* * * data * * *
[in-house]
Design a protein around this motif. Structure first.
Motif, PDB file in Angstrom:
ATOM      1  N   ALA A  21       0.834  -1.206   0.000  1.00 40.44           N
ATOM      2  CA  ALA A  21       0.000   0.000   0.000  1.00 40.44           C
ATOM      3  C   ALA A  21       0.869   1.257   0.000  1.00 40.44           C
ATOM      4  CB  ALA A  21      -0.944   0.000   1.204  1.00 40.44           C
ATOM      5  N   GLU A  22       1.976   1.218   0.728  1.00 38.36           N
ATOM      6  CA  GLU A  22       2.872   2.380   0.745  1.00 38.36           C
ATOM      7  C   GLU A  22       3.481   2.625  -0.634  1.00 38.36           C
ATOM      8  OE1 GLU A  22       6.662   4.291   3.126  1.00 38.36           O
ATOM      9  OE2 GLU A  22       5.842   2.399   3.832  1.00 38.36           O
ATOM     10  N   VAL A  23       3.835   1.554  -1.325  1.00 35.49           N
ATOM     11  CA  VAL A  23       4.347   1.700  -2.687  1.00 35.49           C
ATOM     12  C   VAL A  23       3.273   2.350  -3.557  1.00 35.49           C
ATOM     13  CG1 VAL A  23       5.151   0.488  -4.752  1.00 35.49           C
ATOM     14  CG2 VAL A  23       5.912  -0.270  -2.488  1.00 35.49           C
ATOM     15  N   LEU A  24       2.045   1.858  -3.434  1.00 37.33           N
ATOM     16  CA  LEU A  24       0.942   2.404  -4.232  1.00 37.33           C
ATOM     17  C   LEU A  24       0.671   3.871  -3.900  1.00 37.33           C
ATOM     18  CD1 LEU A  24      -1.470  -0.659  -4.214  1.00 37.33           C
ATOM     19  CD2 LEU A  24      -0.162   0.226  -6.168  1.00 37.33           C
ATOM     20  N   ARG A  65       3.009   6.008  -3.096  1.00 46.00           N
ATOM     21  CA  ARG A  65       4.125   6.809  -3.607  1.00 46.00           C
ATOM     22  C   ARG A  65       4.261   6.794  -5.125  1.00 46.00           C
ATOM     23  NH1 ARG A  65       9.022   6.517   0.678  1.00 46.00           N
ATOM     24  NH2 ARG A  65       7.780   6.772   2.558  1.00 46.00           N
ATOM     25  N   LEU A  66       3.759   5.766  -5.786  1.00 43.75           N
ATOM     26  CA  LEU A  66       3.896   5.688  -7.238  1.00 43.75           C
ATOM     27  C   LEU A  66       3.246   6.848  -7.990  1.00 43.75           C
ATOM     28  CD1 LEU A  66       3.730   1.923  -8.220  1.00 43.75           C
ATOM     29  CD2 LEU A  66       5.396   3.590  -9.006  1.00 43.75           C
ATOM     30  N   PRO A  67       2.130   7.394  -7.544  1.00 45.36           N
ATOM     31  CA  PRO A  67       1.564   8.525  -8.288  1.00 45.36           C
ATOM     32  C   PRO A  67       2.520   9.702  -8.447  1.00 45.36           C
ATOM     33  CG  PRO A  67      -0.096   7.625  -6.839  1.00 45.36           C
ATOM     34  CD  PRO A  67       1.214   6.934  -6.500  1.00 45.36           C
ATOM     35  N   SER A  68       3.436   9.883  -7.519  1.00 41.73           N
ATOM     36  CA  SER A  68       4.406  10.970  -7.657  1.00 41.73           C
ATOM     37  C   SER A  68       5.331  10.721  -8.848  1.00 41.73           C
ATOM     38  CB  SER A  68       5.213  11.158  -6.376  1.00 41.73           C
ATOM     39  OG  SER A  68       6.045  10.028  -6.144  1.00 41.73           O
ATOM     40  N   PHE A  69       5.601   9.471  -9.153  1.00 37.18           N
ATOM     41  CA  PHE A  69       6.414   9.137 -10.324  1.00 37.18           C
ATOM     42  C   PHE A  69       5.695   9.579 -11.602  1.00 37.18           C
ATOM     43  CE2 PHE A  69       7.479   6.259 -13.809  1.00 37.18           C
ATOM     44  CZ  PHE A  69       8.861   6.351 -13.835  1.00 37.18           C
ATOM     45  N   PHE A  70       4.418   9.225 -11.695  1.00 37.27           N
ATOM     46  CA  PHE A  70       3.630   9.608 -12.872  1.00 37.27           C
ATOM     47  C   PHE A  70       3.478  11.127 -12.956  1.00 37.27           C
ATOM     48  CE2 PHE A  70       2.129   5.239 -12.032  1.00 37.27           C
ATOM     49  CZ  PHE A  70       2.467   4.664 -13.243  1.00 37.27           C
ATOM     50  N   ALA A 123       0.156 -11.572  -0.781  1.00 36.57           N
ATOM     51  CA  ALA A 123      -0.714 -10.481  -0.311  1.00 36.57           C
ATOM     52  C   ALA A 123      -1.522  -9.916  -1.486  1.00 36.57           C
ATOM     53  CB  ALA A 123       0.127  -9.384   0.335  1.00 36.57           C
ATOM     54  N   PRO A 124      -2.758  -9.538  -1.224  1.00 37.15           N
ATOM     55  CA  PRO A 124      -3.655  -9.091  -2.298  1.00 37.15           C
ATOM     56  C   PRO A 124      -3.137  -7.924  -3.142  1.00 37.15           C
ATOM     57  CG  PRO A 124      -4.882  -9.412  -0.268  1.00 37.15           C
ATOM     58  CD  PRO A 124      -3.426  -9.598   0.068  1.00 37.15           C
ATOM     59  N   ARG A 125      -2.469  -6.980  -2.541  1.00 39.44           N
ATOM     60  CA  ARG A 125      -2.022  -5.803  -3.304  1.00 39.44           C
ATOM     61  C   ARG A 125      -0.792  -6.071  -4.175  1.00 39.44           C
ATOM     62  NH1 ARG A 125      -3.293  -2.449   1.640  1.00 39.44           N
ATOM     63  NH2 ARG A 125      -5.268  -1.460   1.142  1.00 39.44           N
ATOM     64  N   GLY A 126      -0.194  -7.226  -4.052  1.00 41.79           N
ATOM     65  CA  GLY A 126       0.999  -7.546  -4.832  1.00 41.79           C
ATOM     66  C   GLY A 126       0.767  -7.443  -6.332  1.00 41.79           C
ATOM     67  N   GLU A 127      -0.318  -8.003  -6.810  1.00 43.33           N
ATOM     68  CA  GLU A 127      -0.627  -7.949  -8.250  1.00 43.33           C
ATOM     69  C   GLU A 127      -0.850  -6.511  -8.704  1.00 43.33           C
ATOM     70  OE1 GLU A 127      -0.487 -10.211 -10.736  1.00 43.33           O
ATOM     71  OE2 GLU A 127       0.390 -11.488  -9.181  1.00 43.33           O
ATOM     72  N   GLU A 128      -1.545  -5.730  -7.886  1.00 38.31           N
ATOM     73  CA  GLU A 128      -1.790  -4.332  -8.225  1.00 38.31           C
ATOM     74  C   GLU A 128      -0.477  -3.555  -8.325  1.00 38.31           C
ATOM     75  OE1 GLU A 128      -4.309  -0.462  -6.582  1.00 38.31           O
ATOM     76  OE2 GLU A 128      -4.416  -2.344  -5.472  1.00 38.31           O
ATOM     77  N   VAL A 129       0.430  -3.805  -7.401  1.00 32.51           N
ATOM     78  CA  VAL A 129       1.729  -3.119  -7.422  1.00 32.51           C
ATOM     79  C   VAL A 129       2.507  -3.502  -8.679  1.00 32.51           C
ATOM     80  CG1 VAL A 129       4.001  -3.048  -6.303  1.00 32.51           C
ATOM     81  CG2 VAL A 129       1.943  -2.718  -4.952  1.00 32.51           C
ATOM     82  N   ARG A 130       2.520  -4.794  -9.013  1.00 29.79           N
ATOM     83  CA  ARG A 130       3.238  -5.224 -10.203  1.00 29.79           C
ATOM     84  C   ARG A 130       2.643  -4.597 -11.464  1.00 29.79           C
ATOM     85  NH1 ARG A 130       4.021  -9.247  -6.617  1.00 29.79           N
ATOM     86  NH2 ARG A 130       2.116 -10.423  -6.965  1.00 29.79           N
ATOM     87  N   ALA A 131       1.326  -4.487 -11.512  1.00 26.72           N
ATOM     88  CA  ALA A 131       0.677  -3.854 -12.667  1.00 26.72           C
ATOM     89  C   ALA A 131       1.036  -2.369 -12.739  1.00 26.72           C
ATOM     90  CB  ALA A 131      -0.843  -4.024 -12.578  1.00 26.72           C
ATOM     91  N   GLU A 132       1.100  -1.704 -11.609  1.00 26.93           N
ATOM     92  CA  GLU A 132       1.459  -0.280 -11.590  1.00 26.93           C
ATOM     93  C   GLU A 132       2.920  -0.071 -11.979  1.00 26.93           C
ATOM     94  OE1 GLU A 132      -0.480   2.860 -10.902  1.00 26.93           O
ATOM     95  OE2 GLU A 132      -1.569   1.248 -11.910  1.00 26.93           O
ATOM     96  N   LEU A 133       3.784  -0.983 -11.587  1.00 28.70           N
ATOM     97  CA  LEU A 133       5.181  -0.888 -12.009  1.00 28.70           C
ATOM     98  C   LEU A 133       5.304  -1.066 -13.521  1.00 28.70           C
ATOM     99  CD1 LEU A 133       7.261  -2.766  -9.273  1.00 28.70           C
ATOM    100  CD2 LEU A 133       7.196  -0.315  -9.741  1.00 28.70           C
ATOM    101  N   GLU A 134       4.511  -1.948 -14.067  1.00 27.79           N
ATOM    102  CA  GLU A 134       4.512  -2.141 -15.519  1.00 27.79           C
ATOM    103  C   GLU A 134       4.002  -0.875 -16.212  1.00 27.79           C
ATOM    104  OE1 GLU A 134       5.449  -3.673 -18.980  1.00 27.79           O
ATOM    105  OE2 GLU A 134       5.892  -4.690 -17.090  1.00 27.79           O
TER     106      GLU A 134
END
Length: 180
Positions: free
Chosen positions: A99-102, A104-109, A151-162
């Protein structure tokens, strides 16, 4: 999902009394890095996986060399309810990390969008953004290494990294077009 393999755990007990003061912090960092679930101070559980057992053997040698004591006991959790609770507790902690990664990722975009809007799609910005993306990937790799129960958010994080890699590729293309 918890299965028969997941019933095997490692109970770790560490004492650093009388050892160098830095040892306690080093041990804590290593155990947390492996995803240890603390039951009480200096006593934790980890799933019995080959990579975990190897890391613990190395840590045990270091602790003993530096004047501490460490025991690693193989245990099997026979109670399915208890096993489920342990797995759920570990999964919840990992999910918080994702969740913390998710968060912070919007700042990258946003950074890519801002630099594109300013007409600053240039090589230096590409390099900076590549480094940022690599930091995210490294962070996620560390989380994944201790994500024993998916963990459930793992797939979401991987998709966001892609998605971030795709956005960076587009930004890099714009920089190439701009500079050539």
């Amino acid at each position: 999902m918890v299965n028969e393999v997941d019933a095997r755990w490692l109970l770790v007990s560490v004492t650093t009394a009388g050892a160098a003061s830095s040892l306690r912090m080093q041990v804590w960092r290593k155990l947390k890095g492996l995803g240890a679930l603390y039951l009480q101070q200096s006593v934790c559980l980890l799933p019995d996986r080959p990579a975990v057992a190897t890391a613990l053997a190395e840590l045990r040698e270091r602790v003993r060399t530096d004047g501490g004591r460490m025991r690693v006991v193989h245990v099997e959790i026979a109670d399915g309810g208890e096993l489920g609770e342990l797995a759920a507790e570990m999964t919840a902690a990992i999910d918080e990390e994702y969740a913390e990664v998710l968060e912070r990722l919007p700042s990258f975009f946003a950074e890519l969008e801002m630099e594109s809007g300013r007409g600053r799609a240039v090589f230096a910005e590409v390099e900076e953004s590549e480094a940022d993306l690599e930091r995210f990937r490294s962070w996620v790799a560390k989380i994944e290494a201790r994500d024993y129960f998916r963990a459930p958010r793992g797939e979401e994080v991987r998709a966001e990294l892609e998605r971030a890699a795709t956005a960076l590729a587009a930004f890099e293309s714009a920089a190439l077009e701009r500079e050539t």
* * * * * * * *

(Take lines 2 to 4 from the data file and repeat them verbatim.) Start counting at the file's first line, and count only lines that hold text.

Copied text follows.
Design a protein around this motif. Structure first.
Motif, PDB file in Angstrom:
ATOM      1  N   ALA A  21       0.834  -1.206   0.000  1.00 40.44           N